The latest Household Affordability Index by the Pietermaritzburg Economic Justice & Dignity group (PMBEJD) shows that food prices increased slightly in December 2021, following a small drop in prices in November.
The civil society initiative’s data showed that year-on-year, however, basket prices have increased by 6.8%, outstripping headline inflation.
The group’s food basket totalled R4,275.94 in December, up R3.50 (0.01%) from R4,272.44 in November – pointing to relatively flat prices over the last month. However, the same basket in December 2020 was R4,002.42, meaning households are paying R273.52 more (6.8%) than a year ago.
Statistics South Africa’s latest Consumer Price Index for October 2021 shows that headline inflation is 5%, and for the lowest expenditure quintiles 1-3, it is 6.5%, 6%, and 5.2% respectively. CPI Food inflation is 6.7%. The Producer Price Index for October 2021 shows that agricultural inflation was 8.7%.
The key point of contention around inflation figures is that salaries and wages are negotiated around headline inflation. The national minimum wage is often only increased by headline CPI, and social grants have more recently been raised at rates far lower than CPI.
This creates a scenario where the amount coming in, does not match the rising costs of basic living, pushing the poorest further into poverty.
An example of this can be seen with the recent recommendations from the National Minimum Wage Commission that the NMW be increased by CPI+1% for 2022. On paper, this appears to be an above-inflation increase – however, when considering that CPI for poorer households is at 6.5%, this is a lower wage, in real terms.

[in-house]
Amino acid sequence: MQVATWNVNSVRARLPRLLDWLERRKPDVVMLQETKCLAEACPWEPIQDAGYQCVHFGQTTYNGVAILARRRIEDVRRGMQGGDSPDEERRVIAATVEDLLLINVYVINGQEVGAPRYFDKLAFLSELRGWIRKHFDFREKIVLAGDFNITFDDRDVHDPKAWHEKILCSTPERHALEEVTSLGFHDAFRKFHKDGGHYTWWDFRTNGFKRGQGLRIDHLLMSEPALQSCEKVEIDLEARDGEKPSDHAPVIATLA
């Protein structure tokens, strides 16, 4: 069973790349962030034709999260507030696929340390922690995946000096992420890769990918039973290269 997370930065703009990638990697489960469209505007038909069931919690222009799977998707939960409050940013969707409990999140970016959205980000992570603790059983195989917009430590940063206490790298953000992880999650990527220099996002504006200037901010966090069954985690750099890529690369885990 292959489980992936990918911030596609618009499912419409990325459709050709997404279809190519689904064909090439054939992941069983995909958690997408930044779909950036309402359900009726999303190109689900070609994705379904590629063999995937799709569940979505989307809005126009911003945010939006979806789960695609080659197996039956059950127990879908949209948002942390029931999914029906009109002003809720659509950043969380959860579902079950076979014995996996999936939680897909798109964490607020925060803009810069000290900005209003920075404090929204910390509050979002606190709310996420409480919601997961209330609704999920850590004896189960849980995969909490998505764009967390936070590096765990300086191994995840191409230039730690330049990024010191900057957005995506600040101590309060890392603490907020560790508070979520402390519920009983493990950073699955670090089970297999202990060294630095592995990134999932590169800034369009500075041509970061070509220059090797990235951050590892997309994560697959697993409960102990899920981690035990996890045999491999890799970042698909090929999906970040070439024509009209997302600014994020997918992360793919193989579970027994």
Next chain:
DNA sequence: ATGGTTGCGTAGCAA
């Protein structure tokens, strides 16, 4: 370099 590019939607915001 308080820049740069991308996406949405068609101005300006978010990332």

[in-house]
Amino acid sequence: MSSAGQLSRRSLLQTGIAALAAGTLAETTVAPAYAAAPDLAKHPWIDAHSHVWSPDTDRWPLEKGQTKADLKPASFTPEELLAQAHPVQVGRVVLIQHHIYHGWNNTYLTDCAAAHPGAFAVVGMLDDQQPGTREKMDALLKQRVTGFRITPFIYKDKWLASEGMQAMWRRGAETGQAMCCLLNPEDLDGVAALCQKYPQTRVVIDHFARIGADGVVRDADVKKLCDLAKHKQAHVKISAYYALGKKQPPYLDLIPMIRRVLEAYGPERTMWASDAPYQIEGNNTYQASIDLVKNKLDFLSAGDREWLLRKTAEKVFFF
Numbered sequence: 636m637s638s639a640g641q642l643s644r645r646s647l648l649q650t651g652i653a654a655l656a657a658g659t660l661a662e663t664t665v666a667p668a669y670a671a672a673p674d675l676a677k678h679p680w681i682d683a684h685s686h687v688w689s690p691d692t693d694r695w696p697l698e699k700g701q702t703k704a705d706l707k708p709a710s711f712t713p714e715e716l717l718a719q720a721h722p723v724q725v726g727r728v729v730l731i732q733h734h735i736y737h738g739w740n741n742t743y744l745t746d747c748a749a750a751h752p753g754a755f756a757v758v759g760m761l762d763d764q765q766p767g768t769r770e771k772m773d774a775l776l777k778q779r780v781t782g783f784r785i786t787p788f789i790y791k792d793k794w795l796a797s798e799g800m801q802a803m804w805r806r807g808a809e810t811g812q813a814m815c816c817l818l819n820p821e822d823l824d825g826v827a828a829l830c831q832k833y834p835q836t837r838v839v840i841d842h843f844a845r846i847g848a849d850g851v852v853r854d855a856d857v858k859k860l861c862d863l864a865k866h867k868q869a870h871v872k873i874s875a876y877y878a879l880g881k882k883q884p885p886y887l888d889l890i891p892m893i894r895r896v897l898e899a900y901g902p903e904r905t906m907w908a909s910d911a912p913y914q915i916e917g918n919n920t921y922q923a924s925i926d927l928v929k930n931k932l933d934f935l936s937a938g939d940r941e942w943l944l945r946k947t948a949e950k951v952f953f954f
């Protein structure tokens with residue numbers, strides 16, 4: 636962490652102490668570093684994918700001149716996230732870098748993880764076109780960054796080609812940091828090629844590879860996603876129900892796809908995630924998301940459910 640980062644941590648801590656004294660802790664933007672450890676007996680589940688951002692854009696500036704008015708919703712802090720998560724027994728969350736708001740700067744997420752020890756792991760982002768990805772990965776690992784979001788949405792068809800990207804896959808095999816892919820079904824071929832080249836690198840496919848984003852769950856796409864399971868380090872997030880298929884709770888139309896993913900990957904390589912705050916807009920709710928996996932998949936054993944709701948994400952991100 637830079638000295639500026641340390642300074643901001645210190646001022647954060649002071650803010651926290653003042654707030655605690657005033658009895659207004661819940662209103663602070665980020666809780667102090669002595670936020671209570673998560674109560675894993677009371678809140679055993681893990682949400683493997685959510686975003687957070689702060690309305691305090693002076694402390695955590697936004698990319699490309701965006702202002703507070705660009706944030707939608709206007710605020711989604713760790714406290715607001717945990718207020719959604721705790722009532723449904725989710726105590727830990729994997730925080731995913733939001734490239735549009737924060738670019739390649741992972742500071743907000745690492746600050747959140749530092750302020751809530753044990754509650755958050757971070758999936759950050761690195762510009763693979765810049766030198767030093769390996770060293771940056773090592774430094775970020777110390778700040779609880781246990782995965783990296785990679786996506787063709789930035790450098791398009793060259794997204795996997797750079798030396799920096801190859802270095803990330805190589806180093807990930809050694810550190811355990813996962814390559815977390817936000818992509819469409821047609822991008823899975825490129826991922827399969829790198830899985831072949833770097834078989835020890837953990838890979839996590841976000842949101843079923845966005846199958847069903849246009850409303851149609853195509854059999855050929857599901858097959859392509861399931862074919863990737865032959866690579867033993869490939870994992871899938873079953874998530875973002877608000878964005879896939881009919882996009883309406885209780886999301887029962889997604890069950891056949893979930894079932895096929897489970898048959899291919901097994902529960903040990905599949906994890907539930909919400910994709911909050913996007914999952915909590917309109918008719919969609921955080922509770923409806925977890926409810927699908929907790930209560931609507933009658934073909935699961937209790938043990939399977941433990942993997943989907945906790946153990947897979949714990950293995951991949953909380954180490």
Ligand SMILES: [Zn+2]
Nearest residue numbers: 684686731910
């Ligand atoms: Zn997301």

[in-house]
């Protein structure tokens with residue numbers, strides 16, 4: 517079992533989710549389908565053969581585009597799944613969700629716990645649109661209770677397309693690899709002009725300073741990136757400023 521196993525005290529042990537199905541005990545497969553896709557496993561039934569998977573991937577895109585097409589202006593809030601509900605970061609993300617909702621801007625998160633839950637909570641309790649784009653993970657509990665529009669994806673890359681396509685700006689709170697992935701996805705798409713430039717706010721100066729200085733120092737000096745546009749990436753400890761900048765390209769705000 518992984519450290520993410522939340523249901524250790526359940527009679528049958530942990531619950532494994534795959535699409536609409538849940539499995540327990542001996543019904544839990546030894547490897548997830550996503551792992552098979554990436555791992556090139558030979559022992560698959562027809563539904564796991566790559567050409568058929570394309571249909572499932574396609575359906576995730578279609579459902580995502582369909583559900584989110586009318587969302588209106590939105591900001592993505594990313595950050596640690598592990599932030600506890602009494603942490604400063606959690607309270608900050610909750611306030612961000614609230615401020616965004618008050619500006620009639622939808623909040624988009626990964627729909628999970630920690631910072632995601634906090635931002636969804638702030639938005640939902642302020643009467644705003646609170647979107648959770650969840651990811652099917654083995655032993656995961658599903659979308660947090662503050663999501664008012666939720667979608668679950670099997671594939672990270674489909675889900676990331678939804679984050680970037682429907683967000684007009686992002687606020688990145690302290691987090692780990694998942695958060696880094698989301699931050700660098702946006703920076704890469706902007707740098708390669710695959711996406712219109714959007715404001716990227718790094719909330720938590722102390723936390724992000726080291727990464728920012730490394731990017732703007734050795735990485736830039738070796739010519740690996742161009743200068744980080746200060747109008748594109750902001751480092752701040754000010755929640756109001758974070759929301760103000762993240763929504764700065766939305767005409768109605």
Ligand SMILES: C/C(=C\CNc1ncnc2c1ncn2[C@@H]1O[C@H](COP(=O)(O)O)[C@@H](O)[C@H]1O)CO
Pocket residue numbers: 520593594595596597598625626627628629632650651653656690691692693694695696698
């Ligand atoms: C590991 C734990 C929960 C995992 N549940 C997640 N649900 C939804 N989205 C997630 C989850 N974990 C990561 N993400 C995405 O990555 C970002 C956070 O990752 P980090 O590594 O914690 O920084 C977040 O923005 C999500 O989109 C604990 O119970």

Given the PMBEJD’s data, even if the wage increase were at CPI+1.5% to correct this, food inflation – at 6.8% – is still even higher than that.
The basket comprises 44 core food items most frequently purchased by lower-income households, who make up most households in the country. Seventeen of the 44 foods came down in price over the last month; 24 foods increased, and three items remained flat.
These were the most significant changes, where prices increased or declined by 10% or more.
Food prices November 2021 to December 2021 – big changes
- Oranges: +19%
- Carrots: +17%
- Potatoes: -16%
- Butternut: -21%
Food prices December 2020 to December 2021 – big changes
Year on year changes are more significant, the group’s data shows, with the same basket costing 6.8% more – higher than headline inflation.
Consumers are paying more almost across the board, with only eight of 44 items coming down in price, and only one significantly (above 10%). On the opposite end, 35 food items went up in price, 26 of which were above headline inflation.
These are the most significant changes, above 10%:
- Cooking oil: +30%
- Gizzards: +31%
- Beef liver: +30%
- Chicken livers: +22%
- Beef: +17%
- Sugar beans: +17%
- Spinach: +15%
- Fish: +14%
- Apples: +13%
- Frozen chicken portions: +12%
- Eggs: +11%
- Wors: +11%
- Margarine: +11%
- Samp: +10%
- Canned beans: +10%
- Oranges: -31%
Regionally, the difference in cost of the total household food basket in Joburg, Durban and Cape Town is consistent at around ±R150. Springbok and Pietermaritzburg tend to be outliers in the data (Springbok being highest, and Pietermaritzburg being lowest).